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The teats on the doe I linked look tiny? I think those are the perfect milking size IMO. One of my does has teats those size and they're perfect, to me, anyways.
 

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Hey all, I'll trying to move up to Maine in a year or so and it can get down below zero in the winter there. Aside from making good shelters, I was wondering what kind of goats would be best for cold regions (especially those with a lot of snowfall)? I'm sure there are a few of you on here that have an opinion about which breeds you think are best :), so please feel free to share your opinions! Now, I realize there are a bunch of goats that can survive in winter weather, so I'd like to narrow my specifications down a little finer. What I'm really looking for in a breed in terms of importance: [*]Absolutely NO GMO goats! I realize goats are not native to New England, but I'd like some kind of breed that was not grown in a science lab that is fairly "natural", raised by pasture and fed organic food. I don't want some kind of goat that has been filled with anti-biotics or hormones. I just want a nice "green" healthy goat. :) [*]Provides decent milk [*]Has a coat (perhaps cashmere) that can be sheered and used for yarn [*]Provides decent meat I realize having sort of an all-in-one super goat fit for everything, but that's why I put priorities. This kind of brings up a follow up question: Do different breeds mix well together? Thanks in advance, -FH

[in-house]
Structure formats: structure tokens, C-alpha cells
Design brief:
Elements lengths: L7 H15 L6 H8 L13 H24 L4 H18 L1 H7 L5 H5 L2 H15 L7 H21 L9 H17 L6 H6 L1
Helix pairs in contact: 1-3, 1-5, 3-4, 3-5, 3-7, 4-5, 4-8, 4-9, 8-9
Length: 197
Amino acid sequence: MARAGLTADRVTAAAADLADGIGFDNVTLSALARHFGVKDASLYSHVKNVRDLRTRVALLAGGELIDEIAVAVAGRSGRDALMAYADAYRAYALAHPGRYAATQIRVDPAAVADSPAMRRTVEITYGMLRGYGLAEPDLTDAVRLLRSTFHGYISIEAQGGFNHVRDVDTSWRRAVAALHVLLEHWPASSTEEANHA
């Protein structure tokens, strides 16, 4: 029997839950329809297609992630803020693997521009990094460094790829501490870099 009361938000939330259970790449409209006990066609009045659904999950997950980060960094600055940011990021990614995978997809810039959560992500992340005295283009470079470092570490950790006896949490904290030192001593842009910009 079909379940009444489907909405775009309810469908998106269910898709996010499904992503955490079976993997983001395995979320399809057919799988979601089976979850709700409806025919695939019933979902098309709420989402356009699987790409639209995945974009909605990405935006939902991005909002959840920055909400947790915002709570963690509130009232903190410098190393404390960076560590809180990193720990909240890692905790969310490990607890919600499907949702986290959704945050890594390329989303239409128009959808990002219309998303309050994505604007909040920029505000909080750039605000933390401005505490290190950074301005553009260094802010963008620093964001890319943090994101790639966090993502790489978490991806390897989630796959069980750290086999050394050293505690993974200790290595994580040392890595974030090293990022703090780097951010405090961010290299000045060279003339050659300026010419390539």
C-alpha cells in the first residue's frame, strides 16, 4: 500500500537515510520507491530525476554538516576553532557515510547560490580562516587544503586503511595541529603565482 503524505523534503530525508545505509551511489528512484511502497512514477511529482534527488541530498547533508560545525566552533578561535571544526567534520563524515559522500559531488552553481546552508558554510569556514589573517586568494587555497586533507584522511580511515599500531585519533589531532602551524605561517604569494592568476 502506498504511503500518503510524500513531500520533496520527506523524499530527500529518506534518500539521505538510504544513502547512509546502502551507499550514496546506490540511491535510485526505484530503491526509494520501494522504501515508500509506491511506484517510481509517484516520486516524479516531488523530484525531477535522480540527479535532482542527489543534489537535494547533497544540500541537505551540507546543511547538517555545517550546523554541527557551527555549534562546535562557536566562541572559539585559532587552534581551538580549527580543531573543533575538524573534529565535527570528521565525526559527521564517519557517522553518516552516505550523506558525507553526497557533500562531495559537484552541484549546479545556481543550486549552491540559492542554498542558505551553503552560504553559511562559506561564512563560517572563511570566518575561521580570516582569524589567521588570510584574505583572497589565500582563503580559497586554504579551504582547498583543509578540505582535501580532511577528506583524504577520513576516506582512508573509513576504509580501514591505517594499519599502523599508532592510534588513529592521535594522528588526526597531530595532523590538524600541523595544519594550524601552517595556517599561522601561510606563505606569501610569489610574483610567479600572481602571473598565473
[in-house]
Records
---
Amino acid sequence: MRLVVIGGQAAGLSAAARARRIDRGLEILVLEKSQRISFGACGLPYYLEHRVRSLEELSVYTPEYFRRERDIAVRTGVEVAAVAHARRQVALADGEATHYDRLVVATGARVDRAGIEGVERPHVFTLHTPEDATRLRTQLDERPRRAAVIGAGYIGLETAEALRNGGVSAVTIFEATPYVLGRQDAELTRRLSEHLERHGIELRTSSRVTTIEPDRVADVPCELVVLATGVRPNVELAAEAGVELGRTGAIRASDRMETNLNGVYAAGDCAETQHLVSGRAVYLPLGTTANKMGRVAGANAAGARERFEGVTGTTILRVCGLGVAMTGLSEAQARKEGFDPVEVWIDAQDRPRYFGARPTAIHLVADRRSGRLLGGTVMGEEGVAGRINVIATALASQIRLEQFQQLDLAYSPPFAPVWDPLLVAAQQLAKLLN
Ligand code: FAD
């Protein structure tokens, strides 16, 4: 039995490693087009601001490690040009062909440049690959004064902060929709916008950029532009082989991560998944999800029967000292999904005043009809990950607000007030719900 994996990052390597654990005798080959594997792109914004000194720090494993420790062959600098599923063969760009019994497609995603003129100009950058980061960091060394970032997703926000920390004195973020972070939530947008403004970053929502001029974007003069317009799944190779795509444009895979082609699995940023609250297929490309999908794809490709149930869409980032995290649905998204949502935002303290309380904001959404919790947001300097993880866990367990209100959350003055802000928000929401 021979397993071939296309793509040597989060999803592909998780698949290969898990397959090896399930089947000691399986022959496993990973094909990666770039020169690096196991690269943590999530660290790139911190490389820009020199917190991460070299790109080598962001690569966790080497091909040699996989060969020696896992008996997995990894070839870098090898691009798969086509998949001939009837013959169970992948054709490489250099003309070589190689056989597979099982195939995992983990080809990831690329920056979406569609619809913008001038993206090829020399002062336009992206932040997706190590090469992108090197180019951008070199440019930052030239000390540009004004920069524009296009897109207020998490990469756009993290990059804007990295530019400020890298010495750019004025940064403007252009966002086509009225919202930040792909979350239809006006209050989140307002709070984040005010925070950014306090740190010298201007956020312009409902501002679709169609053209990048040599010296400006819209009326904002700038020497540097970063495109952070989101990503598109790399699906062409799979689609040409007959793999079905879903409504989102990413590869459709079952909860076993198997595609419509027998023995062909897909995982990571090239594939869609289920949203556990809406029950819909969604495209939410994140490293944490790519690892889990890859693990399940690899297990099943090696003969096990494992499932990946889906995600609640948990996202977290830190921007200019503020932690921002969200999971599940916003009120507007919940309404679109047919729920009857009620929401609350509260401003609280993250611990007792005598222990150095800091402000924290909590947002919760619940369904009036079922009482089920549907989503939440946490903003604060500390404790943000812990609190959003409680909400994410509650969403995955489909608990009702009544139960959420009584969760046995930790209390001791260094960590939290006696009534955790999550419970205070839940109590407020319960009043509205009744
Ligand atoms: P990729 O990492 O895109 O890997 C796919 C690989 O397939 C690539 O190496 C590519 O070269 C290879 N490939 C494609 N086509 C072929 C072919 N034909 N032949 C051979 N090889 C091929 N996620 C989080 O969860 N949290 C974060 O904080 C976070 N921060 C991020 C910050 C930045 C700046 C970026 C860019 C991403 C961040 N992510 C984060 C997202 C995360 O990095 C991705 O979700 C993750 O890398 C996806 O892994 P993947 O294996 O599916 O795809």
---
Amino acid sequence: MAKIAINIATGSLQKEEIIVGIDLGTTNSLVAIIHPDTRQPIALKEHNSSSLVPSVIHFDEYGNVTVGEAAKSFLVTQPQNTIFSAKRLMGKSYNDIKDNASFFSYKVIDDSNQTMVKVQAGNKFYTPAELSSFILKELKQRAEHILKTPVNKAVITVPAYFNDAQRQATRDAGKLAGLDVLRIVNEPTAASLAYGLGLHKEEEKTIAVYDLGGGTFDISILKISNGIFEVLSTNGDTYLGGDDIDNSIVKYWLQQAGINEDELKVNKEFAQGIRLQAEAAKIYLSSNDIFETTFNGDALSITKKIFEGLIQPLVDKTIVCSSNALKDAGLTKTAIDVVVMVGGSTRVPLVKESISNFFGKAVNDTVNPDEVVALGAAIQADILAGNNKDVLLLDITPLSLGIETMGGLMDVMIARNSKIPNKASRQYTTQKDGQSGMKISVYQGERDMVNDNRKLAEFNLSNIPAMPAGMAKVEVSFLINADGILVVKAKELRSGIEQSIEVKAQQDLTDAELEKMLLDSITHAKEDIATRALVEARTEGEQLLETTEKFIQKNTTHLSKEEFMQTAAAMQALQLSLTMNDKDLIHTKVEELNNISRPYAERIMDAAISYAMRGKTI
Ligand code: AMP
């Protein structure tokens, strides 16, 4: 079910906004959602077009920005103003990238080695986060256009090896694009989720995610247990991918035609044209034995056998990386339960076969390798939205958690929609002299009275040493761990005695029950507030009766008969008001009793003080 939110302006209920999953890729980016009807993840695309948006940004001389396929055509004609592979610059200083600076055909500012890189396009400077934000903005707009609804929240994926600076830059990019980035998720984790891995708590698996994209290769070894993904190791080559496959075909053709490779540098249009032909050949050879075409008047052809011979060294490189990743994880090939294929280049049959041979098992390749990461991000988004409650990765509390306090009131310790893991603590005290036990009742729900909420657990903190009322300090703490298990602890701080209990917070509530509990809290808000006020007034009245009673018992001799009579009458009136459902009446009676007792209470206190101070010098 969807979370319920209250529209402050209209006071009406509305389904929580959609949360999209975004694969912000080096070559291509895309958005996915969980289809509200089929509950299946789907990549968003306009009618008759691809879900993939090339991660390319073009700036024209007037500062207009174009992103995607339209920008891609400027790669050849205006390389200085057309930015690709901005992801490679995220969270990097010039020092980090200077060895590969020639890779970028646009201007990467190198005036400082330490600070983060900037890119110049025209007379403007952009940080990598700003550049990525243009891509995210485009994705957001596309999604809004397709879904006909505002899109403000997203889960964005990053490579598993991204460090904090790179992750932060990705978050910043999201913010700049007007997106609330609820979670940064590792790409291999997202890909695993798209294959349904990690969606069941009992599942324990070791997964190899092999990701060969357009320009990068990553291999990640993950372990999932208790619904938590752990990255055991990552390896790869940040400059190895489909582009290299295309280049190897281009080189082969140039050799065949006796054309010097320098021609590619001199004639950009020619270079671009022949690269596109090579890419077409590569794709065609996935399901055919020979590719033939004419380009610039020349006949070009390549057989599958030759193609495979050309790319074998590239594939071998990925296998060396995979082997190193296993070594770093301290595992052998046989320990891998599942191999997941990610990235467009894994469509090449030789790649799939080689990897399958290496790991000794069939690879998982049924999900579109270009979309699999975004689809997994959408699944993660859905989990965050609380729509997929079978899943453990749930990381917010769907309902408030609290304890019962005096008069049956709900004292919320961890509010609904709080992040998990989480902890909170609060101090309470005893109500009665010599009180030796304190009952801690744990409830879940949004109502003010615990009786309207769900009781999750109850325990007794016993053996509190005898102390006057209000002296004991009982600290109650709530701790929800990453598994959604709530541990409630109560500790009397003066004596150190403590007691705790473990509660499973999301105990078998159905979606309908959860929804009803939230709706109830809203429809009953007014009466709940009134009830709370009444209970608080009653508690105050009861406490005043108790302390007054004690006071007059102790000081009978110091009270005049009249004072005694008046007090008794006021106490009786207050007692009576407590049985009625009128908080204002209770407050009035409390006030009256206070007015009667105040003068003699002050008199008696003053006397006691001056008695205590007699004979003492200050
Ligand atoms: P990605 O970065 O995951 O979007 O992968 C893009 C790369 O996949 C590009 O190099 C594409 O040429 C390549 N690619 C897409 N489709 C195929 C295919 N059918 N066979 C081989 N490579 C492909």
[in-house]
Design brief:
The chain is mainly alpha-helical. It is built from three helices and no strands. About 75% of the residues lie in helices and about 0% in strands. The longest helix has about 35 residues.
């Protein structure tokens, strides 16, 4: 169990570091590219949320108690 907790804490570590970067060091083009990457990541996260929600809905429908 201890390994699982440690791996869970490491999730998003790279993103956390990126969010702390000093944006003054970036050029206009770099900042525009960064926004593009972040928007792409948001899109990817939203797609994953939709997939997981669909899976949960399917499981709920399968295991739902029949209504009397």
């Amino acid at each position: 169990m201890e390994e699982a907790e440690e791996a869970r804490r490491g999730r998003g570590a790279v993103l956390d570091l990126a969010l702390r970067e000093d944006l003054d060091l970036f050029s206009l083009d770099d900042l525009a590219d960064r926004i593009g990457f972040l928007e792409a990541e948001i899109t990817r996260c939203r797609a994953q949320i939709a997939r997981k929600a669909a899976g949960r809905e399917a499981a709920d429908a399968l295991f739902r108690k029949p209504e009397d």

My cashmere goats do excellent in the winter. My does give me great tasting milk and quite a bit. We also butcher unwanted males and the meat tastes really good. There is a very reputable cashmere goat breeder in Maine. Springtide Farm is in Bremen. Wendy Pieh and Peter Goth are wonderful people and often put on clinics and farm tours. They would teach you so so much.

You can shear cashmeres or comb their fiber. I find combing gives a cleaner product. An you can spin it to make yarn.
 

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How much milk do the does produce?
 

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I'll trying to move up to Maine in a year or so and it can get down below zero in the winter there.
It can get down to way below zero a lot of places and the goats do just fine. I wouldn't worry about the temps and I don't know of any goats that are "grown" in a laboratory. Whether they are "green" or not depends entirely on their owner and what they choose to feed them. If I were you I would quit worrying about GMO grown goats and get down to looking. Do your research on breeds and find some people that are already raising goats in the area you want to move to. Here is a site that can help you.